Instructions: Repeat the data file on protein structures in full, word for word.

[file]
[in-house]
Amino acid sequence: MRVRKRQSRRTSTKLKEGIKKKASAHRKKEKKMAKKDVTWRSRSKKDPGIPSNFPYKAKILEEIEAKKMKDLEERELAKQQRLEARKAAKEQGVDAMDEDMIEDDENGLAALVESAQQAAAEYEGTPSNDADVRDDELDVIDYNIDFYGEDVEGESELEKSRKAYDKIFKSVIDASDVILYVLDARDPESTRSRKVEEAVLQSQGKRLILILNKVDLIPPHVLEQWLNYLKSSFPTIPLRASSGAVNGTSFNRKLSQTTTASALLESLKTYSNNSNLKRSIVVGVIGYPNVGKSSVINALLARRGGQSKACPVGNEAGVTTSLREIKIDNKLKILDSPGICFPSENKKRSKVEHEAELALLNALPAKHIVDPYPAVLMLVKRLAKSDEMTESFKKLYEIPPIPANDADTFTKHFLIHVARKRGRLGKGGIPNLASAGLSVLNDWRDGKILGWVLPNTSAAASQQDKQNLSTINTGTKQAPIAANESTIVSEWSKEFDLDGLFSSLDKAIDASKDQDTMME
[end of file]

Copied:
[in-house]
Amino acid sequence: MRVRKRQSRRTSTKLKEGIKKKASAHRKKEKKMAKKDVTWRSRSKKDPGIPSNFPYKAKILEEIEAKKMKDLEERELAKQQRLEARKAAKEQGVDAMDEDMIEDDENGLAALVESAQQAAAEYEGTPSNDADVRDDELDVIDYNIDFYGEDVEGESELEKSRKAYDKIFKSVIDASDVILYVLDARDPESTRSRKVEEAVLQSQGKRLILILNKVDLIPPHVLEQWLNYLKSSFPTIPLRASSGAVNGTSFNRKLSQTTTASALLESLKTYSNNSNLKRSIVVGVIGYPNVGKSSVINALLARRGGQSKACPVGNEAGVTTSLREIKIDNKLKILDSPGICFPSENKKRSKVEHEAELALLNALPAKHIVDPYPAVLMLVKRLAKSDEMTESFKKLYEIPPIPANDADTFTKHFLIHVARKRGRLGKGGIPNLASAGLSVLNDWRDGKILGWVLPNTSAAASQQDKQNLSTINTGTKQAPIAANESTIVSEWSKEFDLDGLFSSLDKAIDASKDQDTMME